The 24 arrests in eight countries resulted from the largest coordinated international law enforcement action in history directed at so-called carding crimes, the U.S. Department of Justice said in a release Tuesday.
A two-year FBI undercover operation protected more than 400,000 potential cyber crime victims and prevented more than $205 million in losses, the release said.
The coordinated action, involving 13 countries including the United States, led to 24 arrests in the United States and 13 by law enforcement agencies in Britain, Bosnia, Bulgaria, Norway, Germany, Italy and Japan.
"As the cyber threat grows more international, the response must be increasingly global and forceful," U.S. Attorney for the Southern District of New York Preet Bharara said.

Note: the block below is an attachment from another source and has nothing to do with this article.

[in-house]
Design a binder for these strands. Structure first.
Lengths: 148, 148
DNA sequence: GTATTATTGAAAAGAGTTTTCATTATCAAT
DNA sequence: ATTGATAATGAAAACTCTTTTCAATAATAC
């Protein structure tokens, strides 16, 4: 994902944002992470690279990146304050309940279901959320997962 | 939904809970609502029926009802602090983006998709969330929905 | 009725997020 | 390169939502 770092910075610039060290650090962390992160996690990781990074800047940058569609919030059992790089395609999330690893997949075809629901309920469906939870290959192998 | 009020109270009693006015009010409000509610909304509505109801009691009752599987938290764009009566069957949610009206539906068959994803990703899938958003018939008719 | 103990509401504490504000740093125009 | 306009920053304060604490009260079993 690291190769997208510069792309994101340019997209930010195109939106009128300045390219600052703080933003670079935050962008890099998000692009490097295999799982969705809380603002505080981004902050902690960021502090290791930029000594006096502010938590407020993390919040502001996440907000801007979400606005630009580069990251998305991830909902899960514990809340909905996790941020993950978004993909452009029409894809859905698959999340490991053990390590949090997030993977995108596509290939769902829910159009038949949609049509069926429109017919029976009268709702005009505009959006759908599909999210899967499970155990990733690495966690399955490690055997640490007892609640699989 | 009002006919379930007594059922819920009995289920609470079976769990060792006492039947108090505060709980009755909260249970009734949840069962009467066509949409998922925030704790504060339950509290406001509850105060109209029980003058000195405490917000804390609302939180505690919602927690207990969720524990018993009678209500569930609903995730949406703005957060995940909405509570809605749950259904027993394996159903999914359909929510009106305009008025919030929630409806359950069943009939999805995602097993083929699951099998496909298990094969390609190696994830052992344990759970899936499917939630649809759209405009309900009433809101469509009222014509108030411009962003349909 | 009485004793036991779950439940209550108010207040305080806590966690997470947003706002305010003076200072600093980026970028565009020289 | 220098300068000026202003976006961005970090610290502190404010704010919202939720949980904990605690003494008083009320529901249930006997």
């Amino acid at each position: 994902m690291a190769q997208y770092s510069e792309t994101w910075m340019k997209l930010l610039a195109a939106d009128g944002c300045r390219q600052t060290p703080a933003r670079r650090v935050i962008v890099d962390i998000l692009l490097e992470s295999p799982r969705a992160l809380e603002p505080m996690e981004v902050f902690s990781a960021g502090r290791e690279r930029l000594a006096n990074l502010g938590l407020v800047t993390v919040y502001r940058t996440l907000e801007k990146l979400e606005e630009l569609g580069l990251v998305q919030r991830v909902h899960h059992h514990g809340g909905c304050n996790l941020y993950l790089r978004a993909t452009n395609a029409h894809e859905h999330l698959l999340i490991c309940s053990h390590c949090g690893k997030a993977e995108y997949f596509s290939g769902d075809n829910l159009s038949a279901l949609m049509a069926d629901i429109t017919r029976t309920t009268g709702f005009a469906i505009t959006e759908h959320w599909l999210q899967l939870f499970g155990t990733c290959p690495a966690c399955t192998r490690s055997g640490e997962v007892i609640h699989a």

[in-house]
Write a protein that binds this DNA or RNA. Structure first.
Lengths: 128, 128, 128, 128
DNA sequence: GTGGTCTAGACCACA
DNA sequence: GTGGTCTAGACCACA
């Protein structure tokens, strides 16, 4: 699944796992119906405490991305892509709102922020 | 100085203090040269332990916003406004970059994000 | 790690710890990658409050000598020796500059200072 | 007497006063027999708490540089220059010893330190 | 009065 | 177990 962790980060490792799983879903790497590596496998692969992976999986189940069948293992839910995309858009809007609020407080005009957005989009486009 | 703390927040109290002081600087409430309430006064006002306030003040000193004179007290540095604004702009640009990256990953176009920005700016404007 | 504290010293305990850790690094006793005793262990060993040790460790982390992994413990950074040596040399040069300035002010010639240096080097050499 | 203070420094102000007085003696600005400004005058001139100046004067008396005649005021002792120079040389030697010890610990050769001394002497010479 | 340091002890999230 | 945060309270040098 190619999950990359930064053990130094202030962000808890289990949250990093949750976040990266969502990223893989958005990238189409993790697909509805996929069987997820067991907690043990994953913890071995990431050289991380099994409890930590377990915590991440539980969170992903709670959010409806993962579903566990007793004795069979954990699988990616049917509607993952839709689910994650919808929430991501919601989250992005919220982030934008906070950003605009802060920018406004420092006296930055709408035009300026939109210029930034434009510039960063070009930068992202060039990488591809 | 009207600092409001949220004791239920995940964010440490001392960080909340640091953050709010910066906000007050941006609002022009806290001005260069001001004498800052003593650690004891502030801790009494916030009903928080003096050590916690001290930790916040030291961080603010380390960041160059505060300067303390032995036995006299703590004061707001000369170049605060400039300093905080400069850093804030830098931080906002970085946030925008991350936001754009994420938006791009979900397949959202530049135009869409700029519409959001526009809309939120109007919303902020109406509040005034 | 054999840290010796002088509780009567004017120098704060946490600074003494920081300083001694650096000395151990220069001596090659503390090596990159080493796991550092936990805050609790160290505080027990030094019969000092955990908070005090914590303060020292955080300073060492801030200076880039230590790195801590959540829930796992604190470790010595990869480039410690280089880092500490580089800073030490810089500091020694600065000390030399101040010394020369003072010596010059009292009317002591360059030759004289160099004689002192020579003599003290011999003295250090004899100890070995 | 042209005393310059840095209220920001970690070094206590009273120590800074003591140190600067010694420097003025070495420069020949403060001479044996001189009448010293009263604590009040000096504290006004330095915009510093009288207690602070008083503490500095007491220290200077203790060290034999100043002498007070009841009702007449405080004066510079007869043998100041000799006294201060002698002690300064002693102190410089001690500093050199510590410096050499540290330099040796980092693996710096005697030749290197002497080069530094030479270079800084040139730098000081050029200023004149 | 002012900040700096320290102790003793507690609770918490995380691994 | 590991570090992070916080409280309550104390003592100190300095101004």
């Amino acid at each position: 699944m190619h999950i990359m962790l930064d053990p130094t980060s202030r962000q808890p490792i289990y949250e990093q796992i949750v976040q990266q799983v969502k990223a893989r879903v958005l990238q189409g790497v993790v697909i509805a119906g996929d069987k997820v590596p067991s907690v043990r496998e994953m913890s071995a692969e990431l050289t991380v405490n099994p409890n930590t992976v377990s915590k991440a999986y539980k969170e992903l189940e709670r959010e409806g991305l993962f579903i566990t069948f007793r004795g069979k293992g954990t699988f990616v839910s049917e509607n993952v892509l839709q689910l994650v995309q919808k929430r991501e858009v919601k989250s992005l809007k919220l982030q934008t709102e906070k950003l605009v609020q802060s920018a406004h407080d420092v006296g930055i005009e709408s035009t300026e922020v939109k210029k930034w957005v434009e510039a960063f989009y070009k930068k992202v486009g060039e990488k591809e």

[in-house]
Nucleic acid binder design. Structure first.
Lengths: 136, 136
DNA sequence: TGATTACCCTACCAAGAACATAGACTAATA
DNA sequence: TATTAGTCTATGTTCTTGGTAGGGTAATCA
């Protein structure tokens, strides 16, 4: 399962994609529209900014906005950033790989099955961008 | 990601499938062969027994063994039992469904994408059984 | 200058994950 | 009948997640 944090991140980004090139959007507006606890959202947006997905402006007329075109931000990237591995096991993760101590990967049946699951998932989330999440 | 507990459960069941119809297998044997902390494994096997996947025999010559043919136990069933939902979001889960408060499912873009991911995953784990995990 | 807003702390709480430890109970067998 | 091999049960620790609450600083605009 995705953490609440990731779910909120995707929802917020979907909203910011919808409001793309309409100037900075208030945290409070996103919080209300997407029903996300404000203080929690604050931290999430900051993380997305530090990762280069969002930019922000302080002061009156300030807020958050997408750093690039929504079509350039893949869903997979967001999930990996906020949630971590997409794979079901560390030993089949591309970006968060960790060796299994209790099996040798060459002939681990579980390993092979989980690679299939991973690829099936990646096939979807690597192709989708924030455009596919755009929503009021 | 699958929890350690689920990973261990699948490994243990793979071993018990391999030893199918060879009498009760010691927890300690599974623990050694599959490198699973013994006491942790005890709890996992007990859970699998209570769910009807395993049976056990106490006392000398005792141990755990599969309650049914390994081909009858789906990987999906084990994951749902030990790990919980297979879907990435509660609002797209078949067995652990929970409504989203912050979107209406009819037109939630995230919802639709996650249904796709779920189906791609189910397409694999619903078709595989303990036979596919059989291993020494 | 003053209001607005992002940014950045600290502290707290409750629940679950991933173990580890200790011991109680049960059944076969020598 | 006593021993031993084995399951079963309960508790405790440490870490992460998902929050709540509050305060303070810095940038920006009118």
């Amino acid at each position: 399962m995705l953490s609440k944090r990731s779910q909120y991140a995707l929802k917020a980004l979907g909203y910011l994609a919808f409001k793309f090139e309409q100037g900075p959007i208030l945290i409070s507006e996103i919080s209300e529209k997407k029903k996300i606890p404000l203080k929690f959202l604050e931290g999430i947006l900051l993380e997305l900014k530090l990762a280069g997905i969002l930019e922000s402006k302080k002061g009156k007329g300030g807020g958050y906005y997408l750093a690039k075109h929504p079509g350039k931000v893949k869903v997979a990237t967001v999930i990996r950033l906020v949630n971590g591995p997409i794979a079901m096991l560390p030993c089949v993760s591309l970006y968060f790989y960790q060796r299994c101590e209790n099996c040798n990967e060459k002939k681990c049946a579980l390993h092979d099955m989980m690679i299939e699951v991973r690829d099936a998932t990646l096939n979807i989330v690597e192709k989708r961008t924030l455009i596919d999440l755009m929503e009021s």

"The coordinated law enforcement actions taken by an unprecedented number of countries around the world today demonstrate that hackers and fraudsters cannot count on being able to prowl the Internet in anonymity and with impunity, even across national boundaries," Bharara said.
"Carding" refers to various criminal activities related to stealing personal identification and financial information associated with credit cards, bank cards, debit cards or other access devices, and using that information to obtain money, goods or services without the victims' authorization or consent.
"From New York to Norway and Japan to Australia, Operation Card Shop targeted sophisticated, highly organized cyber criminals involved in buying and selling stolen identities, exploited credit cards, counterfeit documents and sophisticated hacking tools," FBI Assistant Director-in-Charge Janice K. Fedarcyk said.